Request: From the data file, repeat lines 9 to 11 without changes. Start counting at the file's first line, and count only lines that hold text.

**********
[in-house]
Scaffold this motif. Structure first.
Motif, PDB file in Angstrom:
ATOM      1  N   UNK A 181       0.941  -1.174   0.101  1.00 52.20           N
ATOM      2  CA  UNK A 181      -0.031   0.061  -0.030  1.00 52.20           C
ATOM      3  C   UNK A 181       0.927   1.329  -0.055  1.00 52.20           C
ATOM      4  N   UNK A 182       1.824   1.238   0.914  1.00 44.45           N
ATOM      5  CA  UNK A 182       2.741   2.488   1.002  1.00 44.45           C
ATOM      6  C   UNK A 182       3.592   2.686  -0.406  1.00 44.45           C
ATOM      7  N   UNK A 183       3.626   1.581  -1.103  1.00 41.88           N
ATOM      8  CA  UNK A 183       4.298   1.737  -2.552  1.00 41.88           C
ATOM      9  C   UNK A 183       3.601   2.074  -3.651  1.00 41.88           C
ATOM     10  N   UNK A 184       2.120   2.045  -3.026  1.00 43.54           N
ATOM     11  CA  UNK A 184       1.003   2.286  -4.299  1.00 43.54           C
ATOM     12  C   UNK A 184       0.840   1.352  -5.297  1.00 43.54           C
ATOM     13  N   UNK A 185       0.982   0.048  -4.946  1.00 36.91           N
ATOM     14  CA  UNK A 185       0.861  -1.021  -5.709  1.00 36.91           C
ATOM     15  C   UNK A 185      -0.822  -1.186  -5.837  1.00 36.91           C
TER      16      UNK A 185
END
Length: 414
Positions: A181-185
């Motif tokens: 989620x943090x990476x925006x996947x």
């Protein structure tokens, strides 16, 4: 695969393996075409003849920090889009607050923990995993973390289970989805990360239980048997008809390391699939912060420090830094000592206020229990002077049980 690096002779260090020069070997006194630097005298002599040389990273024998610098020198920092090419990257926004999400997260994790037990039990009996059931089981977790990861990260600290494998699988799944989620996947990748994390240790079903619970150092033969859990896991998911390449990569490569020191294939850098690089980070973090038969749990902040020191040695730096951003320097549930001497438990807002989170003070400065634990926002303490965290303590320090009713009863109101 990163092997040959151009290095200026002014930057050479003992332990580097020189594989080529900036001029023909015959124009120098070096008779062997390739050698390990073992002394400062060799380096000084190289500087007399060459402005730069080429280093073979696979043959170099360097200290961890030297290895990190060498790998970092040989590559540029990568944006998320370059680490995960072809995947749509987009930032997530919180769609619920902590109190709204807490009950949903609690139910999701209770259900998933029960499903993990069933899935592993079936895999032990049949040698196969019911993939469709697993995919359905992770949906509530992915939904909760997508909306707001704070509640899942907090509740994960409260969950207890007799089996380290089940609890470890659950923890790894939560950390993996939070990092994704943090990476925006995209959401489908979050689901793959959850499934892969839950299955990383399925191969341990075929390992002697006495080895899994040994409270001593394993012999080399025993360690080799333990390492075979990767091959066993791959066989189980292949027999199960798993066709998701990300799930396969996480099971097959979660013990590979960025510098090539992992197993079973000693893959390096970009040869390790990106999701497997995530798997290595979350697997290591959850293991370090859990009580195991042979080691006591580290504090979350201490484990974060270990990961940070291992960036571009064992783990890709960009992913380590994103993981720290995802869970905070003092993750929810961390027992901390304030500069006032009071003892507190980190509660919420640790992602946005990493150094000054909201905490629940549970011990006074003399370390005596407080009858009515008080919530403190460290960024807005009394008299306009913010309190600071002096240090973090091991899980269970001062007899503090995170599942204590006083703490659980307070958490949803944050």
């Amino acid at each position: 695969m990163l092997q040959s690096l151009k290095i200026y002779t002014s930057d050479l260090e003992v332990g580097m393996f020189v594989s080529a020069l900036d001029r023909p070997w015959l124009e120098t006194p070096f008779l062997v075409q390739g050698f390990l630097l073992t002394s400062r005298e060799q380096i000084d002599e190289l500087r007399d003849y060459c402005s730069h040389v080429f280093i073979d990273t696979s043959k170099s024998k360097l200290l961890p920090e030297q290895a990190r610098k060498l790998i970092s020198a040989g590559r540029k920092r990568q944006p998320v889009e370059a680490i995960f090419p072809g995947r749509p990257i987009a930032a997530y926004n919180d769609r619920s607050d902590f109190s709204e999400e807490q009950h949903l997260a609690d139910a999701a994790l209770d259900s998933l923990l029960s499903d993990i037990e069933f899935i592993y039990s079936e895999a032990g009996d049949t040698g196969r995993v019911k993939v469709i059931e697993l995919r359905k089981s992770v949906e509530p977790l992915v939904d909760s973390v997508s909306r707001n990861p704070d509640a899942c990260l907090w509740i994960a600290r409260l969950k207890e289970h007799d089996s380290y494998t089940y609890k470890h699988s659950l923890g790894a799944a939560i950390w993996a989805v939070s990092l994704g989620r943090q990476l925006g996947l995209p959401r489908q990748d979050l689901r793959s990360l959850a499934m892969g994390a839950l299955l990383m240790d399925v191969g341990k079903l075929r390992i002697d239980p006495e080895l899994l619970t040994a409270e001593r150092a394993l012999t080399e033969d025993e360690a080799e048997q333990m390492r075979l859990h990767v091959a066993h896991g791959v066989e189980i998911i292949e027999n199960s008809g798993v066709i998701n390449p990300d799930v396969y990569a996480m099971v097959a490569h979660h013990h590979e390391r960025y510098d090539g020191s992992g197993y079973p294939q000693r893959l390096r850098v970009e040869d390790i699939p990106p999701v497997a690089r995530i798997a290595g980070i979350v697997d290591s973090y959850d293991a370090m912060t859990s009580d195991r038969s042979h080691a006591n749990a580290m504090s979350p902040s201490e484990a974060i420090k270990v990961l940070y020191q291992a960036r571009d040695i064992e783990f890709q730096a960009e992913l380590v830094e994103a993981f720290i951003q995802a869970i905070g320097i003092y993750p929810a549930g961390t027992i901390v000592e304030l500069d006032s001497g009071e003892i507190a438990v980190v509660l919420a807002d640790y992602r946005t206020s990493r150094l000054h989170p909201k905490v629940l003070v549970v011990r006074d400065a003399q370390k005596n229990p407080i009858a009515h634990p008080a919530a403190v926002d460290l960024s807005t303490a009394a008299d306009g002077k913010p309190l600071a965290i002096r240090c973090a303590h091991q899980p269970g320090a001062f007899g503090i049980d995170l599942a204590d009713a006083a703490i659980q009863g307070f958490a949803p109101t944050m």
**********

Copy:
ATOM      6  C   UNK A 182       3.592   2.686  -0.406  1.00 44.45           C
ATOM      7  N   UNK A 183       3.626   1.581  -1.103  1.00 41.88           N
ATOM      8  CA  UNK A 183       4.298   1.737  -2.552  1.00 41.88           C